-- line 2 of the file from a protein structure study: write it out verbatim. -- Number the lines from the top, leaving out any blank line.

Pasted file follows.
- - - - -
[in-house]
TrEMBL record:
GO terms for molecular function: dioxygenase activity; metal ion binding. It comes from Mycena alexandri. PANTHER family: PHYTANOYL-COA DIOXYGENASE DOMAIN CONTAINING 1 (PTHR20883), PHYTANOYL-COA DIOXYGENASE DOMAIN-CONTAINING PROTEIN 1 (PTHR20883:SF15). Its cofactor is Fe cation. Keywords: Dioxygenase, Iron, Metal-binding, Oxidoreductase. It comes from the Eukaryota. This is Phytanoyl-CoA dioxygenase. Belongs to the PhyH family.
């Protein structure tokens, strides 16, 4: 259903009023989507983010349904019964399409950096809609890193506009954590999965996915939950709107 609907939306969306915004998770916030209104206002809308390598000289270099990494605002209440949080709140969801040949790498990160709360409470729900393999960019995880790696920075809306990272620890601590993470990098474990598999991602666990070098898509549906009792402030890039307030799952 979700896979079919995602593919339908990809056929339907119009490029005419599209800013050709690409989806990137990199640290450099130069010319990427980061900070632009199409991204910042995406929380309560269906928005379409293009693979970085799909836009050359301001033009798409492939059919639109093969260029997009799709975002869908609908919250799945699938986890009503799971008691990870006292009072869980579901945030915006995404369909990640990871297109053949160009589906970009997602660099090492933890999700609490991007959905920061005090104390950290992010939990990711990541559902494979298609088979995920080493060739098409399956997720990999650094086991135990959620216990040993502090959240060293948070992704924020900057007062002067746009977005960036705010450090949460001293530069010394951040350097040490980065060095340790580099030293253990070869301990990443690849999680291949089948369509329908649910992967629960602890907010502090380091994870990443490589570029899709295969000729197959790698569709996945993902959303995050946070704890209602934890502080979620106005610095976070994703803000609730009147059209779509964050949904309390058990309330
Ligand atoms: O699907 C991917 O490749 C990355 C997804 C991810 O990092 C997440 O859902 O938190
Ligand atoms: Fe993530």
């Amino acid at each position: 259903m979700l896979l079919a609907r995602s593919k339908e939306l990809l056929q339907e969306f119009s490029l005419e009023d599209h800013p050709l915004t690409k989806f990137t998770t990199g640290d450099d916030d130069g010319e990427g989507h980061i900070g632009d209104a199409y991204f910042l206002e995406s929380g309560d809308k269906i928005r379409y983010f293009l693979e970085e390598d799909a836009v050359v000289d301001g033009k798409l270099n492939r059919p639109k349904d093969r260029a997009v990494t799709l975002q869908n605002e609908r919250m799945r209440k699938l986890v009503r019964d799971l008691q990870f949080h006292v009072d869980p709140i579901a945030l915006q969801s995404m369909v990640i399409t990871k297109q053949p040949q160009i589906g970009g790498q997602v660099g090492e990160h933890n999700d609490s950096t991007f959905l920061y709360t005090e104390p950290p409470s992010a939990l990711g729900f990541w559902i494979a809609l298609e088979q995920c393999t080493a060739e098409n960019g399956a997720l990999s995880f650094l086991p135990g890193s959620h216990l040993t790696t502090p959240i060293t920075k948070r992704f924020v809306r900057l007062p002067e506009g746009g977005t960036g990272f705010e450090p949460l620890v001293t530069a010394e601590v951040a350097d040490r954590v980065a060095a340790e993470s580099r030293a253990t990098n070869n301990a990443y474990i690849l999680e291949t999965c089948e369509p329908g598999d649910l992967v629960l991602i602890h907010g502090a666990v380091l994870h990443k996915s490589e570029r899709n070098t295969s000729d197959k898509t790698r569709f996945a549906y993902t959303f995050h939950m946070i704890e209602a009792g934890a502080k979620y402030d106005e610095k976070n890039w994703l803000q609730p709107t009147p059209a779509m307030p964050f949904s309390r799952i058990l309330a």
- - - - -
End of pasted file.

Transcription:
TrEMBL record: